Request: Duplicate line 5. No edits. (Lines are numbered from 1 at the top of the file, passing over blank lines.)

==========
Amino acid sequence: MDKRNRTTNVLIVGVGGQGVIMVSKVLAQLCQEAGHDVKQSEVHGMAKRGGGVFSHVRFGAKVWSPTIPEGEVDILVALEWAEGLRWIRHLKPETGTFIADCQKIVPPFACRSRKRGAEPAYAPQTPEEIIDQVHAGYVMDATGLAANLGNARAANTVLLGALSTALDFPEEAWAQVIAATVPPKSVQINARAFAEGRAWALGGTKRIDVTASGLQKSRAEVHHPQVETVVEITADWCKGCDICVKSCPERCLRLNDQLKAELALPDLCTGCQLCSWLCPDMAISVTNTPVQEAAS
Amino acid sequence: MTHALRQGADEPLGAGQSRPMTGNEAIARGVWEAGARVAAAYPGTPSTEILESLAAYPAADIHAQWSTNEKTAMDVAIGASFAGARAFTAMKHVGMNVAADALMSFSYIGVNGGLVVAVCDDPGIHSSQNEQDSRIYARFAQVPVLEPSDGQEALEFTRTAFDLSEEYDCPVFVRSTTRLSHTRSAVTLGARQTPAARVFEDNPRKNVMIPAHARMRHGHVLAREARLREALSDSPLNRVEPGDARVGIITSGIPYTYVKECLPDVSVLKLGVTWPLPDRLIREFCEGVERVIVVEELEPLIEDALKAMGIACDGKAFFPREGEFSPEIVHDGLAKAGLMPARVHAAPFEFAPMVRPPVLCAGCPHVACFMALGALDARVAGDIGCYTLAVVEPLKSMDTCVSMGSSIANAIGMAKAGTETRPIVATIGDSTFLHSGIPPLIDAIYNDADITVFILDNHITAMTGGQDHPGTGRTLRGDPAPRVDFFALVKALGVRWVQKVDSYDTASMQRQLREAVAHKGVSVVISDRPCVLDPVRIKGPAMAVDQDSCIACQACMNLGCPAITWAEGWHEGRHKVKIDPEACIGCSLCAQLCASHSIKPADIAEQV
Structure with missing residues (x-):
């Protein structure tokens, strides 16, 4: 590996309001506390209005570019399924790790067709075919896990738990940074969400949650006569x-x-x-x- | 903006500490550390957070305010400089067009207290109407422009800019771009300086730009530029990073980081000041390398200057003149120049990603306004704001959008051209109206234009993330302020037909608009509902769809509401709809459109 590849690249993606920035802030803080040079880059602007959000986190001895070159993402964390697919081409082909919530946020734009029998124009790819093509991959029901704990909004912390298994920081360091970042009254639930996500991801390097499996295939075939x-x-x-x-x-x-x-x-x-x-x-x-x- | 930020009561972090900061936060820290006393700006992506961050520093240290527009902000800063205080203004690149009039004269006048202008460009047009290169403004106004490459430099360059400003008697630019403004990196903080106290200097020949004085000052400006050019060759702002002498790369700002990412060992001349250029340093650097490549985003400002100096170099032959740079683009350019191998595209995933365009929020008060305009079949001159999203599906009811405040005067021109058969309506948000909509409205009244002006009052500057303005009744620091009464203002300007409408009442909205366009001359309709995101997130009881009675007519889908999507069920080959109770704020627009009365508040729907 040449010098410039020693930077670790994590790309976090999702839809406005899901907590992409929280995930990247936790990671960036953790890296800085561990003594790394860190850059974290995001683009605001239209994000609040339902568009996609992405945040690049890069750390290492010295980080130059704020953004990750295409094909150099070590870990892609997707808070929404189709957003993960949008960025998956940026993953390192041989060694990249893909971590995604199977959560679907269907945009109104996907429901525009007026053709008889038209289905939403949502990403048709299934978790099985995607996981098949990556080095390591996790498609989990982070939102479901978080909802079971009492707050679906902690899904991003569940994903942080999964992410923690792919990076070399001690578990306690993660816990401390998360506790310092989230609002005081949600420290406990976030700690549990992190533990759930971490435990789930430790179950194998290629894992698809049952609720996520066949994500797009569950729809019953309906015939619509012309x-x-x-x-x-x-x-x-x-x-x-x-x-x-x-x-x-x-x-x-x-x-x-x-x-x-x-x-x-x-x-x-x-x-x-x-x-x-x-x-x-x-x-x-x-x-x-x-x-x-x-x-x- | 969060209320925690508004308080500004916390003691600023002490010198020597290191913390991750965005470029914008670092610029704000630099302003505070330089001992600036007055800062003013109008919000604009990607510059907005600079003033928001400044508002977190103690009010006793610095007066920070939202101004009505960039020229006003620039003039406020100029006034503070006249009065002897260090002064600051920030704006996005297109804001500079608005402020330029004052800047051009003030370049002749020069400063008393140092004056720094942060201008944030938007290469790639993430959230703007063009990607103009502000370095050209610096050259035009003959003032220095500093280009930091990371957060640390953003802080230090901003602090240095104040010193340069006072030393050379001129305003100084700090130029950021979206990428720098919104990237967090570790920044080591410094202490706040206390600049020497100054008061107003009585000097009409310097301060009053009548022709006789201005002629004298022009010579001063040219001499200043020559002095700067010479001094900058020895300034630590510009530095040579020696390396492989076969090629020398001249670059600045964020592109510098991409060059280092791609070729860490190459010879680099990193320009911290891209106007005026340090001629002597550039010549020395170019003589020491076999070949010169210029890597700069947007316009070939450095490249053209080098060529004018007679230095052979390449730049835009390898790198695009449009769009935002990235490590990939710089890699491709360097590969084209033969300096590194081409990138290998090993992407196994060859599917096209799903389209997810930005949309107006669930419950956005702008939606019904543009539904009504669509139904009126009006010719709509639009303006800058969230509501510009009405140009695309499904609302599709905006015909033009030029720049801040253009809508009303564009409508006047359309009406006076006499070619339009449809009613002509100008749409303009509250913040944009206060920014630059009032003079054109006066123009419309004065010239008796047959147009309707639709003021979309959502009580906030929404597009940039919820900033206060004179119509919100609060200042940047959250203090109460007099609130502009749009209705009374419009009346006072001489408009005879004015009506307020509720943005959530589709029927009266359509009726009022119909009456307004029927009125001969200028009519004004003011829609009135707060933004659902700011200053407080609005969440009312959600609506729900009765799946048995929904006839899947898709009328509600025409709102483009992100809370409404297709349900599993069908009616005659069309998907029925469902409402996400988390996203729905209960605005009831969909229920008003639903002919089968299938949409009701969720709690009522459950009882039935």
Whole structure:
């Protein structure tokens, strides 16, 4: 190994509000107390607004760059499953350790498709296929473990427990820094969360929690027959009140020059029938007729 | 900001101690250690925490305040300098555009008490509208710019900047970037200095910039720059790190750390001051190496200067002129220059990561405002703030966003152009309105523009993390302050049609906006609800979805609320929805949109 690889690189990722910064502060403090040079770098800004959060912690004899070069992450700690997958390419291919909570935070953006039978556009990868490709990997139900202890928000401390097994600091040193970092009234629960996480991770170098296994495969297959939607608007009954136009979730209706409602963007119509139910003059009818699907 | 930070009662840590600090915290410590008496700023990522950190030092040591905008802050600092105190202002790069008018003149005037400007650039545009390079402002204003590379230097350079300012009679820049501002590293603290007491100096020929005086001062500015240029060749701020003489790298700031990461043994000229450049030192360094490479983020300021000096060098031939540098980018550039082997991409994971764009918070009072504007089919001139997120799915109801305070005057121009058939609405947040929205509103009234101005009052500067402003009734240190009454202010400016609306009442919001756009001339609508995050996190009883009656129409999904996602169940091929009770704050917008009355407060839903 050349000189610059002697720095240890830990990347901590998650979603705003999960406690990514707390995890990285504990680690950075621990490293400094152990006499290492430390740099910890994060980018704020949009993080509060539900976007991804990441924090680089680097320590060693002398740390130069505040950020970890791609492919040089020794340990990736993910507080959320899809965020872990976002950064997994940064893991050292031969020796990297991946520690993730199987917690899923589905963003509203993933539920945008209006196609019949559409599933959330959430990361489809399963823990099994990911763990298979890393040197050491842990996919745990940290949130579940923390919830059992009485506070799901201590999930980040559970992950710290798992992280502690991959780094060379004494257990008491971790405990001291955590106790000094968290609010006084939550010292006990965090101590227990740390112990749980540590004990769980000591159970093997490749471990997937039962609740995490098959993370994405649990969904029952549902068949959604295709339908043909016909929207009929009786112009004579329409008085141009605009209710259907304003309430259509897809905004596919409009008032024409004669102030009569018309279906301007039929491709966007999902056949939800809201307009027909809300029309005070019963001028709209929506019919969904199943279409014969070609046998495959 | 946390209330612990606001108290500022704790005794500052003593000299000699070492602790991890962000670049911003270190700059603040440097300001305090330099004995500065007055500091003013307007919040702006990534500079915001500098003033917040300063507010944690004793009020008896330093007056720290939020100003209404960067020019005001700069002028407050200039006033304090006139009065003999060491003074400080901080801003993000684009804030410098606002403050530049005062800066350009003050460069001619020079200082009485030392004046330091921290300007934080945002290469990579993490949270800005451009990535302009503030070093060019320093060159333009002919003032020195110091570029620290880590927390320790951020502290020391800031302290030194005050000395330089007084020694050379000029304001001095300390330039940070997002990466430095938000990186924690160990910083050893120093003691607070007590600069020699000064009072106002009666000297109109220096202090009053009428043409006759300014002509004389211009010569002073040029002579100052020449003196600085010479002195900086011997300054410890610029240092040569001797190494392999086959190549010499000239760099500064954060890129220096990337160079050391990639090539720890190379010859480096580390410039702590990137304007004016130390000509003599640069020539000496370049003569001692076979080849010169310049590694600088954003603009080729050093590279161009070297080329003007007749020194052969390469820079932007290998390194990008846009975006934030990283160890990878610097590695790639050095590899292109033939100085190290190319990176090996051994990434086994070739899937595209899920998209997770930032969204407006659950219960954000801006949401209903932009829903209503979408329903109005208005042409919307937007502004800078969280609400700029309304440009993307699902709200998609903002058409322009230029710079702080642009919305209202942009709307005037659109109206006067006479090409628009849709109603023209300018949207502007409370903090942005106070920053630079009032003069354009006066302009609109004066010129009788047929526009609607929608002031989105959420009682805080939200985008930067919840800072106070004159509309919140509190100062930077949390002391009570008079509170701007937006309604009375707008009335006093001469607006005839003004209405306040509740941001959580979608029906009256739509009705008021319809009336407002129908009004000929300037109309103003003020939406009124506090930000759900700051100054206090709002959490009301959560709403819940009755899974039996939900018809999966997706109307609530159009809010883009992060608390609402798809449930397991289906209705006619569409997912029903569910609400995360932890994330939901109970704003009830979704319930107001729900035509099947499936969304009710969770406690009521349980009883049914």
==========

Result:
Whole structure: